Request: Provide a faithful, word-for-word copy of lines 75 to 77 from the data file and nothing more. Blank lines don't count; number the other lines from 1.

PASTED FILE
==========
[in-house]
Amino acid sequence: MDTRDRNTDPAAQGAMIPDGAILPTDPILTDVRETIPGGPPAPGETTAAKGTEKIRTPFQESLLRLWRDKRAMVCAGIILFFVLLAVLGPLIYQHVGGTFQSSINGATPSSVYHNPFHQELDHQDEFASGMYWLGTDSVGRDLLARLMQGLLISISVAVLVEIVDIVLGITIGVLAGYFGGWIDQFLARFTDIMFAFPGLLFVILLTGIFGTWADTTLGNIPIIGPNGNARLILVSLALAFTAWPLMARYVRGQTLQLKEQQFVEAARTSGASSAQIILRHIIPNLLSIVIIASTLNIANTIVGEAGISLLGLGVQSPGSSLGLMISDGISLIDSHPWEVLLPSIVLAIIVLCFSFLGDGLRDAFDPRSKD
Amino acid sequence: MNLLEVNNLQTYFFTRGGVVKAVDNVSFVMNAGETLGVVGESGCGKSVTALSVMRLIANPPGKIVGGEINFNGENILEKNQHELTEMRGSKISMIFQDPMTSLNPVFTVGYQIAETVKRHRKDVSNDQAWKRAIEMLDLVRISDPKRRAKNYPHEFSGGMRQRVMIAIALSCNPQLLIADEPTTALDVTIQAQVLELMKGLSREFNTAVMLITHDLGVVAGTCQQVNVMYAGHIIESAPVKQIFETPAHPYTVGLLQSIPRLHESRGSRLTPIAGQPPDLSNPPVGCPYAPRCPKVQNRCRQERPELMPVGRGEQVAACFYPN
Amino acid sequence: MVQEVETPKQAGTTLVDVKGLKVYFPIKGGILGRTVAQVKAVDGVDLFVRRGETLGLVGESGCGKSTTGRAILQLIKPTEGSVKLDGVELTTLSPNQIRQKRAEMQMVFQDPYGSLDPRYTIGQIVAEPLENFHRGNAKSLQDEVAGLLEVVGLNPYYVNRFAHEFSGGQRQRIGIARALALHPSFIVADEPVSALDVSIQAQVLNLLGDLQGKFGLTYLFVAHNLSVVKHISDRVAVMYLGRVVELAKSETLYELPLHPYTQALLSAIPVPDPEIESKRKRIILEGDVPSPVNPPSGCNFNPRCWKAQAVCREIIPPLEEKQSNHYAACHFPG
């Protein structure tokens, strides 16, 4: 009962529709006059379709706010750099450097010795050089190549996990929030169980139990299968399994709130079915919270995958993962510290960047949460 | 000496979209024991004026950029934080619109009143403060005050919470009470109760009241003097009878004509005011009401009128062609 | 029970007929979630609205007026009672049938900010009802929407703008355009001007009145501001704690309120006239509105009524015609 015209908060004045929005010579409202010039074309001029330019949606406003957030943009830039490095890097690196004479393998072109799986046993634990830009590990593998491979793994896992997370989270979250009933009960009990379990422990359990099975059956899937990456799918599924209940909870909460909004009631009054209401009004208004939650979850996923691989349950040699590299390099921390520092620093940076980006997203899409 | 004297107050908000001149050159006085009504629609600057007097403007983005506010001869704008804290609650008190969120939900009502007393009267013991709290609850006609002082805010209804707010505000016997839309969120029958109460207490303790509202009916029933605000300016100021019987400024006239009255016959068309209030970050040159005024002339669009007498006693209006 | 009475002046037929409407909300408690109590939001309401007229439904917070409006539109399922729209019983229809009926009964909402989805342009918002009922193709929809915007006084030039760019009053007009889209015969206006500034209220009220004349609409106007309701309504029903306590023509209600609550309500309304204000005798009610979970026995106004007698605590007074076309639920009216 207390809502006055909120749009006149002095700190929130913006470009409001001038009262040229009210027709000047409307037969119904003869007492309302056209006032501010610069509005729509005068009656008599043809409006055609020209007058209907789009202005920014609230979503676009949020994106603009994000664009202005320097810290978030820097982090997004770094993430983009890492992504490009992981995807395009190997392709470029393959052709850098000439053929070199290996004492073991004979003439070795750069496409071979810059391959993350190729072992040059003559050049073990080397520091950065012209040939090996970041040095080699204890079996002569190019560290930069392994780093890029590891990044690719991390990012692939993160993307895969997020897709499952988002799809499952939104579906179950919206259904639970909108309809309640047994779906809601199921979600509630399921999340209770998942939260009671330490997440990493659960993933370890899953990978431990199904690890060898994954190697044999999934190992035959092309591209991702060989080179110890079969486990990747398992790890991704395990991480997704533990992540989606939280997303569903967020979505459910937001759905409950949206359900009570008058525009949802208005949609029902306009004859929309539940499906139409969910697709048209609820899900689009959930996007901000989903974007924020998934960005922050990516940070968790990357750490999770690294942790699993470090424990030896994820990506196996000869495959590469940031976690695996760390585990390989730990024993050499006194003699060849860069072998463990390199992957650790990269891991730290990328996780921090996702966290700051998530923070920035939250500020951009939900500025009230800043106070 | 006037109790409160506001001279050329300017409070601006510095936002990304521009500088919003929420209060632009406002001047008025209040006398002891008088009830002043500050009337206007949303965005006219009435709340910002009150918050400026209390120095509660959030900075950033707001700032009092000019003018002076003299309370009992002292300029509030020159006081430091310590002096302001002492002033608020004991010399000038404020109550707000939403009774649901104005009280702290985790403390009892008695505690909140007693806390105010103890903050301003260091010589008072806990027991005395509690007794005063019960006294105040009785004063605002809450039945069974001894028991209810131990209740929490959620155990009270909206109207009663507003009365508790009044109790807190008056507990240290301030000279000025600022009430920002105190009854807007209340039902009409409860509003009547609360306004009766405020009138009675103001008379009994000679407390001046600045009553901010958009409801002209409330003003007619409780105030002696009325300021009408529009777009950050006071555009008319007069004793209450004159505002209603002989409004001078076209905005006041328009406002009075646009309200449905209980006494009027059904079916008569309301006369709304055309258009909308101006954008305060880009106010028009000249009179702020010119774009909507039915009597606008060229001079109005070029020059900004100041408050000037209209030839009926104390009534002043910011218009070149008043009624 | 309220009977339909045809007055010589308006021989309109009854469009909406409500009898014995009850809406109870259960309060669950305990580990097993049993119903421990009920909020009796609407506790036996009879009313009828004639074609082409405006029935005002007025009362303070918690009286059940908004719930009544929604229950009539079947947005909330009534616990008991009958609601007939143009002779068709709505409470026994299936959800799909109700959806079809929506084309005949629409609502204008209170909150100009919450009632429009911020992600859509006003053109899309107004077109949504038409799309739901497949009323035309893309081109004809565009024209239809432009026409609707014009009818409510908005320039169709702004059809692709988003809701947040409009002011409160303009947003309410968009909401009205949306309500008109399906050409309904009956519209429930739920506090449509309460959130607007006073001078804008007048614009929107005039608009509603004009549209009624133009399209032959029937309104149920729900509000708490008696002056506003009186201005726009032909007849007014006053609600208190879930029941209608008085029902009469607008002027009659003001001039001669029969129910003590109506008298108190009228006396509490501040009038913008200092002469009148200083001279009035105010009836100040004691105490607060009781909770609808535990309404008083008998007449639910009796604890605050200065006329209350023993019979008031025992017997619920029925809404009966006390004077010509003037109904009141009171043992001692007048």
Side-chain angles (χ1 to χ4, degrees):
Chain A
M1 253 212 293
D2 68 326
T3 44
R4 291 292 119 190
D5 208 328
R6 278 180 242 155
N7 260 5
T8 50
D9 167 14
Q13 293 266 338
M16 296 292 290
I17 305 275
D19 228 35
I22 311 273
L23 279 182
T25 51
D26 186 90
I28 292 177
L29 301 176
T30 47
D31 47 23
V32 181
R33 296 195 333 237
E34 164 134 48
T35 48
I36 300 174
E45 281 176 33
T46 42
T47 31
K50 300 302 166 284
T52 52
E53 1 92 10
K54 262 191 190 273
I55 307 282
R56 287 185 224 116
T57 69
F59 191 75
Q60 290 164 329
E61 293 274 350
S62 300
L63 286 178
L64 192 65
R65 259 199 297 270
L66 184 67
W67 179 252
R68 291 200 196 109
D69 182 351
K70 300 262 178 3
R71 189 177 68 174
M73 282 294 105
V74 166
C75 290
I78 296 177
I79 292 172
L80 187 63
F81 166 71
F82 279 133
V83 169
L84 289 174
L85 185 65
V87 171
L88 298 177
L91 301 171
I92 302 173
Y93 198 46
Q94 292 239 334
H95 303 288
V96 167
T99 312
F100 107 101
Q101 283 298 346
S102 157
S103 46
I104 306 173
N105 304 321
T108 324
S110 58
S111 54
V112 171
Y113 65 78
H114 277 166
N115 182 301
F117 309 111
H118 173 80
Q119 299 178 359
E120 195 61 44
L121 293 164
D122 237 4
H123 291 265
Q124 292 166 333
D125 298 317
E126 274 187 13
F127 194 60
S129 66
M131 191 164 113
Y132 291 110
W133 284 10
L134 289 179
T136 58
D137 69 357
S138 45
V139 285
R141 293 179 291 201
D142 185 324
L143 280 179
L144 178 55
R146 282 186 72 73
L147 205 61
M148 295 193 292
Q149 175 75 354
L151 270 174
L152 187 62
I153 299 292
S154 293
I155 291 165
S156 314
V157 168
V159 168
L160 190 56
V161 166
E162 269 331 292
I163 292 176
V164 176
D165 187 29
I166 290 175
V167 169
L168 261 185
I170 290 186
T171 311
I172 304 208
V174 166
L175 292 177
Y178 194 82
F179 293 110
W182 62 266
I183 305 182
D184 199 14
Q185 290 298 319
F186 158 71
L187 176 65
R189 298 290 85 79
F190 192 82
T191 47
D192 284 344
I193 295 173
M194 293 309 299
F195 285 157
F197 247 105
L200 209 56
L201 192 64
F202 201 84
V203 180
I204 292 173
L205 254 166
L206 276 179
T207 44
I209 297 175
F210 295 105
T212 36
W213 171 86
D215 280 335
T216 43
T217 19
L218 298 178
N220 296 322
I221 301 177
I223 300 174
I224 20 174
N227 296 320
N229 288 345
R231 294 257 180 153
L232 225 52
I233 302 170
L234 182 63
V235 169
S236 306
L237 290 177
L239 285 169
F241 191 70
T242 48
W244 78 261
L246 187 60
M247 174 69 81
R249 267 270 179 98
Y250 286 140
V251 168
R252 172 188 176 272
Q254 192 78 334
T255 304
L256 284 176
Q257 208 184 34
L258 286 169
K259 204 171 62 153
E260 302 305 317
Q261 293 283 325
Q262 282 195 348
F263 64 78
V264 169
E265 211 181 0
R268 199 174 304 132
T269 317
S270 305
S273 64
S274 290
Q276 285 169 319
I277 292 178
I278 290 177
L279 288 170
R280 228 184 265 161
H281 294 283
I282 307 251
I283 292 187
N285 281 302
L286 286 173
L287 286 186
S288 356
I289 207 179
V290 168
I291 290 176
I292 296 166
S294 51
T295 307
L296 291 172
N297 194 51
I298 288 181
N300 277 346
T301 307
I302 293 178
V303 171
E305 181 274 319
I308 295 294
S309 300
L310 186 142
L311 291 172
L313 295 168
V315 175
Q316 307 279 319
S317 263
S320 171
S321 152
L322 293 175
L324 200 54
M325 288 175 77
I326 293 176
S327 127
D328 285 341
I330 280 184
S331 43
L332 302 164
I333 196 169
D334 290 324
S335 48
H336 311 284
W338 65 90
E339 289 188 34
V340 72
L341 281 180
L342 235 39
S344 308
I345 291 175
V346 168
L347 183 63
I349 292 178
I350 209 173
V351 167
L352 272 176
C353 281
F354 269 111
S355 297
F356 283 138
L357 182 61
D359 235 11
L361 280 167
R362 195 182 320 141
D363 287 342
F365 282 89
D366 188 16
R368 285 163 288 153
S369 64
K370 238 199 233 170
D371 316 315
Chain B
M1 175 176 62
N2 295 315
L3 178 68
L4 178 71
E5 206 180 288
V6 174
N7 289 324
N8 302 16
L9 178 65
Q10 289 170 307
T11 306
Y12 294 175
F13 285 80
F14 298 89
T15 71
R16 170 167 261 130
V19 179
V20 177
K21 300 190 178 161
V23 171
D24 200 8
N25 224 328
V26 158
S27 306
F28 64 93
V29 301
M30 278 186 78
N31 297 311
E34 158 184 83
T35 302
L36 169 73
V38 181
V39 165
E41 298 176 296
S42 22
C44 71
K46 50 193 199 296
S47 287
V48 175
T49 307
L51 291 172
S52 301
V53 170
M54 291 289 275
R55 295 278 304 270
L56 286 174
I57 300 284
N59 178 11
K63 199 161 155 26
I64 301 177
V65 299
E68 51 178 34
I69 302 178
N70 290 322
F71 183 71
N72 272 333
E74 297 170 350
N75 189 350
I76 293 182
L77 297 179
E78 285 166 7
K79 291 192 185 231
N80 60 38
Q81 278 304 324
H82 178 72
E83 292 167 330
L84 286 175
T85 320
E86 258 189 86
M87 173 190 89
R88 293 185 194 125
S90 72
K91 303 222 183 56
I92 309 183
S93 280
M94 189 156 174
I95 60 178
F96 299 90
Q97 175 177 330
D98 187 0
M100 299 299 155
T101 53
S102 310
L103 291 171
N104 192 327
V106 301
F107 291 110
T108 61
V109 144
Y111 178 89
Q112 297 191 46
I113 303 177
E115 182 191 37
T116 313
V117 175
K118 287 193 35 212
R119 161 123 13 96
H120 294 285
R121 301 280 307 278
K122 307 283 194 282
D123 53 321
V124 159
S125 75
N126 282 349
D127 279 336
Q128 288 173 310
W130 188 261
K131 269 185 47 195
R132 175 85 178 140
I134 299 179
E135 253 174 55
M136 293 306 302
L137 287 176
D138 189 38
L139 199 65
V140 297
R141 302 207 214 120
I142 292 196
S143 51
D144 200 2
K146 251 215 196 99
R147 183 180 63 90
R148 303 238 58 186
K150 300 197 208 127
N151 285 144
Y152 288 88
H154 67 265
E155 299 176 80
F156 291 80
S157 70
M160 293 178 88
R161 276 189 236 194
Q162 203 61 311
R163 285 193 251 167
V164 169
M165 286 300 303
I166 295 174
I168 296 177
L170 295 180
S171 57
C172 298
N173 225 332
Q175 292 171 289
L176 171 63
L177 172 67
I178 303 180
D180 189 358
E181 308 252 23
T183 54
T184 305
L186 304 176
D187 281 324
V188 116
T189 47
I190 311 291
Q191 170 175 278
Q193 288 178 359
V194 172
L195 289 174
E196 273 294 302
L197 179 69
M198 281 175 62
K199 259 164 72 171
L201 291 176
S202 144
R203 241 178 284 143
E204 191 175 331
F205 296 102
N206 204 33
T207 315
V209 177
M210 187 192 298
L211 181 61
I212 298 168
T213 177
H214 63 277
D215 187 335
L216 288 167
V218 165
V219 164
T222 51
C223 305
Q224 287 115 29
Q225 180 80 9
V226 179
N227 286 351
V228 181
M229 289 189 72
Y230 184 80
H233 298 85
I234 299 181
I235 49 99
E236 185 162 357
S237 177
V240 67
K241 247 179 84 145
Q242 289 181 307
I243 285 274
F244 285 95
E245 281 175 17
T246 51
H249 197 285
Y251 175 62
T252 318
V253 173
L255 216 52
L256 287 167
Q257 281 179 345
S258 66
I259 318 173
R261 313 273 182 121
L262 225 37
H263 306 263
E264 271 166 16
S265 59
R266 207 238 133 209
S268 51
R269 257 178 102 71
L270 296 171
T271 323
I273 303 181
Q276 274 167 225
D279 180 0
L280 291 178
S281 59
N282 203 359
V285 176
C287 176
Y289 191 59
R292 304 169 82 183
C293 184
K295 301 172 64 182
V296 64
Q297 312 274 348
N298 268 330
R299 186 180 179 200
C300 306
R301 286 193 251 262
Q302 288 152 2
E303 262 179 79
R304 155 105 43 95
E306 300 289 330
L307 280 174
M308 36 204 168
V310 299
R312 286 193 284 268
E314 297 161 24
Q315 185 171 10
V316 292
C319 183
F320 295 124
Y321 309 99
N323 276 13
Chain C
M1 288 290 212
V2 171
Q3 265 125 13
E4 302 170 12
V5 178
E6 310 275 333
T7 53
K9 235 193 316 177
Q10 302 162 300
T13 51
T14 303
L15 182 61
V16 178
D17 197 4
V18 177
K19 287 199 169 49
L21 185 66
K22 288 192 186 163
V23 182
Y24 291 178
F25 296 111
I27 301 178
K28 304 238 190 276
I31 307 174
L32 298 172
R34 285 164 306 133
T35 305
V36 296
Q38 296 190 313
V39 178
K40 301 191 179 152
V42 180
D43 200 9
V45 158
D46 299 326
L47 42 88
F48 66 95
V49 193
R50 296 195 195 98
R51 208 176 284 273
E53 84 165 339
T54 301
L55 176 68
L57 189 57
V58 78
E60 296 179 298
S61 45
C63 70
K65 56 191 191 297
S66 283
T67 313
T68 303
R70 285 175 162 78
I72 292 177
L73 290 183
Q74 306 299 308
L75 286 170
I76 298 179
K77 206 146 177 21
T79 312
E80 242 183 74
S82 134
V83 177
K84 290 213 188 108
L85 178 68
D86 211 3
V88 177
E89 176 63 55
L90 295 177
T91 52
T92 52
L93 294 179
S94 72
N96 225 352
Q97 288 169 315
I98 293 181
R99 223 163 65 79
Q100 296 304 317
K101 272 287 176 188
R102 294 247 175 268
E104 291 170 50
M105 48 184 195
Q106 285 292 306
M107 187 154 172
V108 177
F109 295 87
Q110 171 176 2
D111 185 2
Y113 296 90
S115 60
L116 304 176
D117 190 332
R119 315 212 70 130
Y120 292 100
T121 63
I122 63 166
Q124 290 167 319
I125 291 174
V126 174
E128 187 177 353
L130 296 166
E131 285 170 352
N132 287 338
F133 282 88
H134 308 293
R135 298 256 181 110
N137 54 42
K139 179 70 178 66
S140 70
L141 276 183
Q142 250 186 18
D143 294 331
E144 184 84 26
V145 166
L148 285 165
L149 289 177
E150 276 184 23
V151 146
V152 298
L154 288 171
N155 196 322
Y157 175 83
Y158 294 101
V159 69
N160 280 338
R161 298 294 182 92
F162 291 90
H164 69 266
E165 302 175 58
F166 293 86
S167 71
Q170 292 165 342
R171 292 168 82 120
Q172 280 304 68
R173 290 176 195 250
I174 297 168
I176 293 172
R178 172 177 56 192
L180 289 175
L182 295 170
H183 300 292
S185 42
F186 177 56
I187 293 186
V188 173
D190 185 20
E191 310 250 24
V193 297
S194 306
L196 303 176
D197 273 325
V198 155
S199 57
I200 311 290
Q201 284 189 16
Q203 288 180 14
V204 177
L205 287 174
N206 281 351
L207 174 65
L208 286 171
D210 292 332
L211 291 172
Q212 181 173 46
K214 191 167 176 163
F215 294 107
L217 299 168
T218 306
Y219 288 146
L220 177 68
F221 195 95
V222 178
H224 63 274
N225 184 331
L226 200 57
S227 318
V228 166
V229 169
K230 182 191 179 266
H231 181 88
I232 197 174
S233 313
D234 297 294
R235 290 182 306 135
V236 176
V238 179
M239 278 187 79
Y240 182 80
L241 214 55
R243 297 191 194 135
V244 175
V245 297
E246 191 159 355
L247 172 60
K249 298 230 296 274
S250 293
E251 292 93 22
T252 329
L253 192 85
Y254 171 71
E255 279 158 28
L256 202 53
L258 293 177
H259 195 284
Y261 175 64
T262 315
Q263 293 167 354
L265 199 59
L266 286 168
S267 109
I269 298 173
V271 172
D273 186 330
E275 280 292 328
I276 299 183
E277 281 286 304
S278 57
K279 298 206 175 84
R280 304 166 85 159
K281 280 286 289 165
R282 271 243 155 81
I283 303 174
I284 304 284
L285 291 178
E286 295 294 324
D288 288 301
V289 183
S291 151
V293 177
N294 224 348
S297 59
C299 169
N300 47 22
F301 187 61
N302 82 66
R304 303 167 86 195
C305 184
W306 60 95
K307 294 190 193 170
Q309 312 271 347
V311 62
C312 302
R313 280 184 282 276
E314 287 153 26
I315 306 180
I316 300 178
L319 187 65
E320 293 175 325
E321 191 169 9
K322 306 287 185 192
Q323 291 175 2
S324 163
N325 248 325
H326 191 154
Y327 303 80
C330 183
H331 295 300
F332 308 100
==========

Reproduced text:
V96 167
T99 312
F100 107 101